15 February 2013 09:39 [Source: ICB]
The largest market for phenol is bisphenol A (BPA), accounting for about 45% of phenol demand. BPA is driven by growth in polycarbonate (PC) and epoxy resins. Phenolic resins are the second-largest outlet for phenol, followed by caprolactam (capro), alkylphenols, aniline and adipic acid.
Phenol demand in Asia is affected by the economic slowdown, especially in housing and construction in China. Poor economic data from the US and China, as well as global worries about the eurozone debt crisis, have added to growing concerns in the market.
Sluggish Chinese demand and the constant margin squeeze prompted Asian phenol makers in Japan, South Korea, Taiwan and Singapore to deepen their output cuts. Operating rates at regional phenol facilities have been cut to 60-80% because of poor economics.
Supply is balanced, thanks to the recent capacity expansion in China and Korea. China's capacity expansion has led to a fall in its import dependency. Its import volume fell by 22% to 594,000 tonnes in 2012 from 760,000 tonnes in 2011, following the commissioning of two new phenol/acetone plants in China in 2012.
Prices breached $1,600/tonne CFR China in early January 2013, driven by high feedstock benzene costs and tightened availability of phenol, a result of sizeable output cuts implemented by phenol/acetone makers in Asia.
Nevertheless, phenol's premium to feedstock benzene and propylene weakened in 2012 because of the persistently weak demand amid a slowing Chinese economy as well as the China's capacity expansion.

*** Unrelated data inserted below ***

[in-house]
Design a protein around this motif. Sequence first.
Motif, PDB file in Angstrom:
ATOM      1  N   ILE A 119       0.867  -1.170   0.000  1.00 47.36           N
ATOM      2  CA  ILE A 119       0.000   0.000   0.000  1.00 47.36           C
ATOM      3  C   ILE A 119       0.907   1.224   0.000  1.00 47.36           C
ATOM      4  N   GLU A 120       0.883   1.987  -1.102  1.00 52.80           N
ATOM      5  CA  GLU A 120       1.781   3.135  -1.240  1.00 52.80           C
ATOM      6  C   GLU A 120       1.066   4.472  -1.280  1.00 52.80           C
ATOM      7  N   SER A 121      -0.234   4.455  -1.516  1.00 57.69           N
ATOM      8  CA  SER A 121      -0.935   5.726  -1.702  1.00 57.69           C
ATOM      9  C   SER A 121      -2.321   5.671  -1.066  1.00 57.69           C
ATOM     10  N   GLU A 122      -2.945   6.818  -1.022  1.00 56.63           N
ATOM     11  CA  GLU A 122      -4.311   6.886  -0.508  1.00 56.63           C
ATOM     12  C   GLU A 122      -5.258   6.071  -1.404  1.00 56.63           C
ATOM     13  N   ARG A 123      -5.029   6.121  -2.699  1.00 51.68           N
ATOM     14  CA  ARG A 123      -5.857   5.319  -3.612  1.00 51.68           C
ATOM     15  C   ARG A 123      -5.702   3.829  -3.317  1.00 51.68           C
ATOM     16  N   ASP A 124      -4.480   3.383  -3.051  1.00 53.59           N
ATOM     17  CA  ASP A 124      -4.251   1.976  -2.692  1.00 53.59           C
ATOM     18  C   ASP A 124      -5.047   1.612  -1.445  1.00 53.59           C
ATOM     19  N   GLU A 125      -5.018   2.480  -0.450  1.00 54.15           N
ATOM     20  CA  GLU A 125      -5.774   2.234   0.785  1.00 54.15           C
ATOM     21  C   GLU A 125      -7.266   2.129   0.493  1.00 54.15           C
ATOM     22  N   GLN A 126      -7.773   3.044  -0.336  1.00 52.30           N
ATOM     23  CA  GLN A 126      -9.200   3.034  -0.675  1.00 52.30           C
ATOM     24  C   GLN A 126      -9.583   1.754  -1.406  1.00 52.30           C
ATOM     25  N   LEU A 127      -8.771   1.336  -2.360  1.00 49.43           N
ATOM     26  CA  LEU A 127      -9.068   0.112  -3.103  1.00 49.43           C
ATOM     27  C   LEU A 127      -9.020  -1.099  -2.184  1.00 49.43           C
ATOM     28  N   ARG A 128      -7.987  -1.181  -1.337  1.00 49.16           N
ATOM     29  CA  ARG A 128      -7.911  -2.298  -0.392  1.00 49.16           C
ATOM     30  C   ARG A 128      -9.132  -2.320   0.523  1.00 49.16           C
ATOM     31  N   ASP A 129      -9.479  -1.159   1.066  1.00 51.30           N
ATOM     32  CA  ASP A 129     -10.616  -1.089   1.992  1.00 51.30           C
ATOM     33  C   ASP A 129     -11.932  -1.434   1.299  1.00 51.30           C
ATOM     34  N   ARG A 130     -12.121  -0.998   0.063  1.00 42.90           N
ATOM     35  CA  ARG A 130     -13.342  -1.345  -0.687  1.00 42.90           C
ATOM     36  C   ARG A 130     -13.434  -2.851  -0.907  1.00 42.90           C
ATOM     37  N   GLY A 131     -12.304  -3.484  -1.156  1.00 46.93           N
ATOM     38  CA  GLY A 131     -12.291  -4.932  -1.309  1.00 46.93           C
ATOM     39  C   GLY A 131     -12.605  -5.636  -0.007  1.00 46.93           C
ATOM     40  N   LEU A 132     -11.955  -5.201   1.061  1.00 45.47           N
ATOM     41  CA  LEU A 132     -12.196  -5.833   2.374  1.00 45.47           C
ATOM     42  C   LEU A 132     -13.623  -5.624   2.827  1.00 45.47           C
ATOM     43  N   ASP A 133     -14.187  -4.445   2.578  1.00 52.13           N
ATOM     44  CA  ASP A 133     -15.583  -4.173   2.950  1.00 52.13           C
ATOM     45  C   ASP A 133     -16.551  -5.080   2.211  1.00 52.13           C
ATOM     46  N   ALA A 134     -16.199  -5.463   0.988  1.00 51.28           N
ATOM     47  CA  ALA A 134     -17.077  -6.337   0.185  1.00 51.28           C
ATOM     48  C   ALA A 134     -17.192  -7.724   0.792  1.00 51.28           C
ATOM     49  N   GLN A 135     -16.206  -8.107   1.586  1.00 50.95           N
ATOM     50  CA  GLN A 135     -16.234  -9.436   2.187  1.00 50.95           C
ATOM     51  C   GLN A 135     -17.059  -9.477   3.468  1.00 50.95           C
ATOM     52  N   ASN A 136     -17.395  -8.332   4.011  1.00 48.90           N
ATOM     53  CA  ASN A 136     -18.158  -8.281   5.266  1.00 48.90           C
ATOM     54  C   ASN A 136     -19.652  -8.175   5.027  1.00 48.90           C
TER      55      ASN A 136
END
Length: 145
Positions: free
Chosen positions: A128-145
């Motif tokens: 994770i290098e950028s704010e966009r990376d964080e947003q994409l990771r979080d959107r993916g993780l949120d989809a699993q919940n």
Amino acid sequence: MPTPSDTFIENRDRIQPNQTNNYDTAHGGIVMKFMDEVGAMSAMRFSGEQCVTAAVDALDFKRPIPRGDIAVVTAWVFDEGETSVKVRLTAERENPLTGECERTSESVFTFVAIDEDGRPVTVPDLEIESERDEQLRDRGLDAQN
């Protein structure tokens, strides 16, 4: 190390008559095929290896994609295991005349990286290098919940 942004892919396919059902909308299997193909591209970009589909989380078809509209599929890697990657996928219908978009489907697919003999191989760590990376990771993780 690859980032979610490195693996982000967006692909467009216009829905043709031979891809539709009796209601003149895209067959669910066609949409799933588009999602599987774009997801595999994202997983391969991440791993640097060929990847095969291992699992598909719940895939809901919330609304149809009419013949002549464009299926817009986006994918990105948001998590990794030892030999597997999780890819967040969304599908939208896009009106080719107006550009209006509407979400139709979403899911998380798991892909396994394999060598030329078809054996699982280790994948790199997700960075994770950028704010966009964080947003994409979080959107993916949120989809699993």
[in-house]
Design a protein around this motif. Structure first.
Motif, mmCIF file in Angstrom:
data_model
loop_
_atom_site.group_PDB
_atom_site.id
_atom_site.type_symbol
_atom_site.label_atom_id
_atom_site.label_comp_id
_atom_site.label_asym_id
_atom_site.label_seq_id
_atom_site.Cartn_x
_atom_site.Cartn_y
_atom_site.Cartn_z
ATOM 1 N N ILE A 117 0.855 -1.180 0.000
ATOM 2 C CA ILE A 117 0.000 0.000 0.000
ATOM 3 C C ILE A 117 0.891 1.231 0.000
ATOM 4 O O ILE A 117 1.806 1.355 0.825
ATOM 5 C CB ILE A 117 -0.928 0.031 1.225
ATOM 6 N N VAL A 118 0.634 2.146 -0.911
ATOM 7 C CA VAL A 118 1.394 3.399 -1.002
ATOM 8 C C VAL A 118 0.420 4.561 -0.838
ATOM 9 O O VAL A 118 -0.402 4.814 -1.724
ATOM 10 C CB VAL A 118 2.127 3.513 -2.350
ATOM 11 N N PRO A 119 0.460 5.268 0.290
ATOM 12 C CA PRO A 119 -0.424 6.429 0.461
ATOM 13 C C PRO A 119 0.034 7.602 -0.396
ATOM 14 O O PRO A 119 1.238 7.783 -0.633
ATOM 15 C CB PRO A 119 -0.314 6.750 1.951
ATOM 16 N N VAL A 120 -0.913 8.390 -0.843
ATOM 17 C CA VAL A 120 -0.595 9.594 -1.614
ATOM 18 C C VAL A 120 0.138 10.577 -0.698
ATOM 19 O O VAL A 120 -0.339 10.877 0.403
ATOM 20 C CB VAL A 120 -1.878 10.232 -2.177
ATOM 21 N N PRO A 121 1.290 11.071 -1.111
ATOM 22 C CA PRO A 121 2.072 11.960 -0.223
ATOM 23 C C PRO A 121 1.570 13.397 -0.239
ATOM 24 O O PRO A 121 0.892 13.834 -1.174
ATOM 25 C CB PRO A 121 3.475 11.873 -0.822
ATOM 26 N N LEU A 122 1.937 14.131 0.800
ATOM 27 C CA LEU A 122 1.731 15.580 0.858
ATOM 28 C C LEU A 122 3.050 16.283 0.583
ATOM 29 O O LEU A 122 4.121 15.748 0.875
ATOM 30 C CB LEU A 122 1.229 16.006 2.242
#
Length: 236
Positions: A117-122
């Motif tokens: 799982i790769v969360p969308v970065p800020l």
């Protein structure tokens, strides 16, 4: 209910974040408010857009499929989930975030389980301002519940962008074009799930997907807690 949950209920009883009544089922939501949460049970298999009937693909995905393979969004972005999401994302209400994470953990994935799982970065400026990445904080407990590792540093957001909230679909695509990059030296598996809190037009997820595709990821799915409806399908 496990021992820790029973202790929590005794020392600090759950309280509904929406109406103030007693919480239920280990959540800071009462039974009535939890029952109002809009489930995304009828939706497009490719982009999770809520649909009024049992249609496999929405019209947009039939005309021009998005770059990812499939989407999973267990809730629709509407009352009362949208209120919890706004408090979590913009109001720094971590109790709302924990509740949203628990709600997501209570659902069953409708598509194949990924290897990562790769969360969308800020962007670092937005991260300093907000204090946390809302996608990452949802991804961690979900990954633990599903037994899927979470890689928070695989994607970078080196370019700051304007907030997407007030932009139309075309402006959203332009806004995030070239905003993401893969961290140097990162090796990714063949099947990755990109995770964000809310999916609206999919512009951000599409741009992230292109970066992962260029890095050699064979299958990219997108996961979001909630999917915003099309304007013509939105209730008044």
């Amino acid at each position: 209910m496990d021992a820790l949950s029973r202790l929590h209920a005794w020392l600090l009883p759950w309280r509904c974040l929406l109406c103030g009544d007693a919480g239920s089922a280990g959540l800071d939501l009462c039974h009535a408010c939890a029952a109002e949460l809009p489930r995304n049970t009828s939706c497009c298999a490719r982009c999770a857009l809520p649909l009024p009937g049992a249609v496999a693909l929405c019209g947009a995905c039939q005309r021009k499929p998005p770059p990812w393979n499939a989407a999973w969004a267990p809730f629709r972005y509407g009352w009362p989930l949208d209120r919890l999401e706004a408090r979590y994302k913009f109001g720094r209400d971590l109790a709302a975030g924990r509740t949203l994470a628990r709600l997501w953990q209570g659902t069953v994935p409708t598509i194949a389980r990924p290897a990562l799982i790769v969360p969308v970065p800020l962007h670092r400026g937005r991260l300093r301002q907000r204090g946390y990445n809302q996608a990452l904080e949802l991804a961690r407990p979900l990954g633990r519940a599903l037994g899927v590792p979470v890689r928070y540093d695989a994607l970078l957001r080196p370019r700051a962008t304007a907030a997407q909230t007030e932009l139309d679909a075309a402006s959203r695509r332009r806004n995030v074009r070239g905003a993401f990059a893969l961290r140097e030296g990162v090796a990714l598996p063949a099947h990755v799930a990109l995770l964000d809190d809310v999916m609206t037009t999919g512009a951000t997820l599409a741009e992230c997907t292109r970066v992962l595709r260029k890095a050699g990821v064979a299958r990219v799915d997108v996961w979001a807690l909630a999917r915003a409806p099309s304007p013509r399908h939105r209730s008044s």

Spot prices of phenol into the leading China market softened to $1,500-1,600/tonne CFR China in early February 2013, weighed down by subdued buying activity against a backdrop of rising supply. The price outlook was largely upbeat, given the recent spike in production costs and tight availability following production cuts at regional facilities. It remains to be seen if there will be an immediate recovery in demand after trade resumes in China in the second half of February.
There are three synthetic routes to phenol, with cumene-based technology being the dominant process. In this route, benzene and propylene are reacted to form cumene, which is oxidised to hydroperoxide, followed by acid-catalysed cleavage. The resulting products are phenol and acetone. The cumene route is considered the most economic route to phenol, supported by demand for acetone.
A small number of producers use an older process of chlorobenzene hydrolysis. The third route is based on a two-step liquid-phase oxidation of toluene. Anglo-Dutch major Shell Chemicals has developed a phenol process that co-produces both acetone and methyl ethyl ketone (MEK).
Prices of phenol relative to feedstock costs are expected to stay weak in 2013 because of China's rapidly rising phenol/acetone capacity and the resultant fall in its import dependency. Phenol's spread to key feedstock benzene is expected to stay narrow in 2013 because downstream demand is forecast to lag behind the rapid increase in supply. Supply of feedstock benzene in China is expected to be tightened by rising demand from capacity addition in the derivatives sectors, including styrene monomer and phenol, during 2013.
China's phenol capacity is expected to surge by about 46% in 2013 to 1.9m tonnes/year, boosted by two new plants planned for commissioning this year. The increase in supply will outpace the capacity expansion in the downstream bisphenol-A (BPA) sector in the same period. This phenol/acetone capacity surge will come after a 48% jump in China's phenol/acetone capacity in 2012.
The consequent margin squeeze is expected to keep phenol/acetone output at a reduced level in Japan, South Korea, Taiwan and Singapore in 2013.
As China's import reliance continues to fall, some of the excess volumes may be directed to markets such as India.
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